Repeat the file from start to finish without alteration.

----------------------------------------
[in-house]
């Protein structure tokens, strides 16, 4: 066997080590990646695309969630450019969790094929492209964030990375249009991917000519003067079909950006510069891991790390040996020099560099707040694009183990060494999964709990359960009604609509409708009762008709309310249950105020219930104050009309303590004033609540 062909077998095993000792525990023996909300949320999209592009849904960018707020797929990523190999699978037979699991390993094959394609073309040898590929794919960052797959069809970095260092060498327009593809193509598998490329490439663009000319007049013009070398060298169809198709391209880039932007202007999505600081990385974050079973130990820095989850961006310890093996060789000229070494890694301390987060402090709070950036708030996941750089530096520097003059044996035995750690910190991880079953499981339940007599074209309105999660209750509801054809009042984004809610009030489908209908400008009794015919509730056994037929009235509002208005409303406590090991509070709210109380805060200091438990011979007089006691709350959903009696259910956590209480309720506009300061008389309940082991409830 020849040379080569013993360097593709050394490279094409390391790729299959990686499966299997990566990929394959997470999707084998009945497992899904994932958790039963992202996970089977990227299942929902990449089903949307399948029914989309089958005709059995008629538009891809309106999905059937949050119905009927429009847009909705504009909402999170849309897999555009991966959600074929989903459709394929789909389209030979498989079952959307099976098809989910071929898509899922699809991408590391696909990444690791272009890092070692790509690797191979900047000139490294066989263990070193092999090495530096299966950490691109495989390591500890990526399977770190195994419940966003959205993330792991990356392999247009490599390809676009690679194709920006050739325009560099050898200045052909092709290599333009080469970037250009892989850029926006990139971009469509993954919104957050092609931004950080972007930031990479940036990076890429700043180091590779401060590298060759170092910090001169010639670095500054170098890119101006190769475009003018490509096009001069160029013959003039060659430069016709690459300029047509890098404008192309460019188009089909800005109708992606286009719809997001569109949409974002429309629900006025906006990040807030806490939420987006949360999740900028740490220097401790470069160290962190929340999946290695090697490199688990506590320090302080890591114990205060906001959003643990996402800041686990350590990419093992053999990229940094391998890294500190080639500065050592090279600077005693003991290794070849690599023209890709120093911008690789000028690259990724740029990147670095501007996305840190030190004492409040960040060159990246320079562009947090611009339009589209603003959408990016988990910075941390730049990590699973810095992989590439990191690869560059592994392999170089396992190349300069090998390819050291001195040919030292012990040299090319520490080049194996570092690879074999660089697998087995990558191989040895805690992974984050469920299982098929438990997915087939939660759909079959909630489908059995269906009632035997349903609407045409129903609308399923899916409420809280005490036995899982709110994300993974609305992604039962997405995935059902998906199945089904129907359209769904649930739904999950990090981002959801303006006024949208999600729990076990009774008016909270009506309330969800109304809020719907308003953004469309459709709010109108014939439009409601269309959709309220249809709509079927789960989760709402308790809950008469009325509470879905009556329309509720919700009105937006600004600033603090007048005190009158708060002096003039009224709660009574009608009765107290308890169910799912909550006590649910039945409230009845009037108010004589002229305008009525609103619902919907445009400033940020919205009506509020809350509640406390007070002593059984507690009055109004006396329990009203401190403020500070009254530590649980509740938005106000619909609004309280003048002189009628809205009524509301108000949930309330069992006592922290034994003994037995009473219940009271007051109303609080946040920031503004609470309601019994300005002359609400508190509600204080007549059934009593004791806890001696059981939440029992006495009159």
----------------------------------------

[in-house]
């Protein structure tokens, strides 16, 4: 066997080590990646695309969630450019969790094929492209964030990375249009991917000519003067079909950006510069891991790390040996020099560099707040694009183990060494999964709990359960009604609509409708009762008709309310249950105020219930104050009309303590004033609540 062909077998095993000792525990023996909300949320999209592009849904960018707020797929990523190999699978037979699991390993094959394609073309040898590929794919960052797959069809970095260092060498327009593809193509598998490329490439663009000319007049013009070398060298169809198709391209880039932007202007999505600081990385974050079973130990820095989850961006310890093996060789000229070494890694301390987060402090709070950036708030996941750089530096520097003059044996035995750690910190991880079953499981339940007599074209309105999660209750509801054809009042984004809610009030489908209908400008009794015919509730056994037929009235509002208005409303406590090991509070709210109380805060200091438990011979007089006691709350959903009696259910956590209480309720506009300061008389309940082991409830 020849040379080569013993360097593709050394490279094409390391790729299959990686499966299997990566990929394959997470999707084998009945497992899904994932958790039963992202996970089977990227299942929902990449089903949307399948029914989309089958005709059995008629538009891809309106999905059937949050119905009927429009847009909705504009909402999170849309897999555009991966959600074929989903459709394929789909389209030979498989079952959307099976098809989910071929898509899922699809991408590391696909990444690791272009890092070692790509690797191979900047000139490294066989263990070193092999090495530096299966950490691109495989390591500890990526399977770190195994419940966003959205993330792991990356392999247009490599390809676009690679194709920006050739325009560099050898200045052909092709290599333009080469970037250009892989850029926006990139971009469509993954919104957050092609931004950080972007930031990479940036990076890429700043180091590779401060590298060759170092910090001169010639670095500054170098890119101006190769475009003018490509096009001069160029013959003039060659430069016709690459300029047509890098404008192309460019188009089909800005109708992606286009719809997001569109949409974002429309629900006025906006990040807030806490939420987006949360999740900028740490220097401790470069160290962190929340999946290695090697490199688990506590320090302080890591114990205060906001959003643990996402800041686990350590990419093992053999990229940094391998890294500190080639500065050592090279600077005693003991290794070849690599023209890709120093911008690789000028690259990724740029990147670095501007996305840190030190004492409040960040060159990246320079562009947090611009339009589209603003959408990016988990910075941390730049990590699973810095992989590439990191690869560059592994392999170089396992190349300069090998390819050291001195040919030292012990040299090319520490080049194996570092690879074999660089697998087995990558191989040895805690992974984050469920299982098929438990997915087939939660759909079959909630489908059995269906009632035997349903609407045409129903609308399923899916409420809280005490036995899982709110994300993974609305992604039962997405995935059902998906199945089904129907359209769904649930739904999950990090981002959801303006006024949208999600729990076990009774008016909270009506309330969800109304809020719907308003953004469309459709709010109108014939439009409601269309959709309220249809709509079927789960989760709402308790809950008469009325509470879905009556329309509720919700009105937006600004600033603090007048005190009158708060002096003039009224709660009574009608009765107290308890169910799912909550006590649910039945409230009845009037108010004589002229305008009525609103619902919907445009400033940020919205009506509020809350509640406390007070002593059984507690009055109004006396329990009203401190403020500070009254530590649980509740938005106000619909609004309280003048002189009628809205009524509301108000949930309330069992006592922290034994003994037995009473219940009271007051109303609080946040920031503004609470309601019994300005002359609400508190509600204080007549059934009593004791806890001696059981939440029992006495009159």